Managing Children With Myopia – A New Guide

A doctor in Pennsylvania adjusts glasses for a young girl.

The World Council of Optometry and CooperVision teamed up to release ‘A Practical Guide to Managing Children With Myopia’. The guide is designed to help optometry professionals work with children who need eye care and their parents. The guide was created by four international eye specialists who work with children as well as adults worldwide.

Contributors to the guide are Dr. Fuensanta Vera-Diaz from the US, Dr. Kate Gifford from Australia, Dr. Rufina Chan from Hong Kong, and Dr. Carmen Abesamis-Dichoso from the Philippines. These specialists comment on the best way to diagnose children who are nearsighted. They also suggest ways to work with parents of myopic youngsters.

Children at Risk

Young people who are nearsighted display several signs of their condition, but parents do not always notice the symptoms immediately. A child may find it difficult to see certain objects in the distance. Dr. Gifford indicates that she looks at the family history of myopia. If both parents are nearsighted, it is possible for their offspring to have a similar problem.

A child who is +0.75D or less at six years of age is at risk of becoming myopic by their teens and should be considered a pre-myope,” states Dr. Gifford. She recommends that children be tested at a very early age if there is a family history of myopia or a child displays signs of the condition.

Educating Parents

According to Dr. Chan, it is very important to educate parents to understand the child’s myopia. 

“I believe it is essential to explain causes of myopia and give recommendations on healthy lifestyle habits such as time spent outdoors and the need to restrict near work as well as taking breaks during such time,” she explains.

Parents also learn how to encourage their children to wear glasses. This can be a concern with very young children ages three to five. They may feel they are different from their peers. Nevertheless, it is important for them to be able to see distant objects.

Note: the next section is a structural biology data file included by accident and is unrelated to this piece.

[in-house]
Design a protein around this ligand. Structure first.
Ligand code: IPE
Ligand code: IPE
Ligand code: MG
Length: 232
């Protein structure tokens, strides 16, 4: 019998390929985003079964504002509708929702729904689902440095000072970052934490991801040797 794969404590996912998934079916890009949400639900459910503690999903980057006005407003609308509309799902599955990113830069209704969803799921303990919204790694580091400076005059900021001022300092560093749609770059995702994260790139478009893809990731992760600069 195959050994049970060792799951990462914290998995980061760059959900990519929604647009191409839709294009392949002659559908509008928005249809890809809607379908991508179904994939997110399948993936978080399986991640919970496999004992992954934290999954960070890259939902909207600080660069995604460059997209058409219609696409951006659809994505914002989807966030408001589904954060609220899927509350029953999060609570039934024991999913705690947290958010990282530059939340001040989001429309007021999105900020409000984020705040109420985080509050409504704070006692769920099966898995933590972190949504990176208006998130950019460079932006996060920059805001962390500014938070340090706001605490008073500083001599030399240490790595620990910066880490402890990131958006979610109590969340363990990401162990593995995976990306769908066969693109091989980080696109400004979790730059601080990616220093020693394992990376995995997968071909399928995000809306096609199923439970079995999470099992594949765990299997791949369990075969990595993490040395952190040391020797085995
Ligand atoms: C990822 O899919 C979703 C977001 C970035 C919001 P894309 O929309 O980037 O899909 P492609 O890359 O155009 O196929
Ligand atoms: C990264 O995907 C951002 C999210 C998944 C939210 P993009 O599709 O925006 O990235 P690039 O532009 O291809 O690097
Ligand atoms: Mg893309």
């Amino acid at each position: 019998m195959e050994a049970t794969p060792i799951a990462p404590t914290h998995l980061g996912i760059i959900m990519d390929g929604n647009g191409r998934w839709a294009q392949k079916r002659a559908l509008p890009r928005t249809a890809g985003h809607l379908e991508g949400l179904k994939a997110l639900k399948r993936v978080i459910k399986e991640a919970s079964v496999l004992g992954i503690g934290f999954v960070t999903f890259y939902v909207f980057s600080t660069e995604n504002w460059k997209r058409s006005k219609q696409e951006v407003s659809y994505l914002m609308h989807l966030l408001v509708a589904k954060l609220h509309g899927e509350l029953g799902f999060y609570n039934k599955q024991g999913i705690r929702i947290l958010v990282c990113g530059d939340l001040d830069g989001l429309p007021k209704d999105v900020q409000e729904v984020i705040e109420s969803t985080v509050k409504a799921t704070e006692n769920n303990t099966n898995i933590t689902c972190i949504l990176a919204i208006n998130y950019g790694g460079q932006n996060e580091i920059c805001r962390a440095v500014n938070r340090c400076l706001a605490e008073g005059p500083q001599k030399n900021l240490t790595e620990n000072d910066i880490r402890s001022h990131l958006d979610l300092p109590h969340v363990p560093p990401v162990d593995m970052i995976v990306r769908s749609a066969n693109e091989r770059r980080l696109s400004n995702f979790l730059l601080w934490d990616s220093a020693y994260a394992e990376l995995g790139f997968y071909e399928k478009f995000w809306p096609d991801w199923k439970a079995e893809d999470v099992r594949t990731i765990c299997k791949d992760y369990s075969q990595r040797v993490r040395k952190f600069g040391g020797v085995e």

Parents can explain that wearing glasses may be a temporary solution to myopia. The situation can improve as the child ages. Contact lenses can be substituted for glasses for teenagers.

It may also be necessary for parents to inform teachers of a child’s condition. Teachers should have nearsighted students sit closer to the front of the class. There may also be restrictions for some sports for children with glasses.



All doctors agree that careful management of children who are nearsighted depends on how well parents follow the recommended program. Parents must be supportive of a child with myopia and have scheduled annual check-ups. 

Dr. Abesamis-Dichoso interviews parents to determine a child’s interests, sleep habits, and lifestyle. This gives her an understanding of how well the child will respond to a management program.

Children’s eyesight changes as they grow. Dr. Vera-Diaz compares the progression of a child’s axial length and diopters with the norms for that age group to evaluate the patient’s progress. 

Contact us at Allentown Optical, a wholesale independent optical lab with a wide range of prescription eyewear and lenses for children as well as adults. We are located in Allentown, PA and we serve eye care specialists across the United States. We are always happy to help children see better.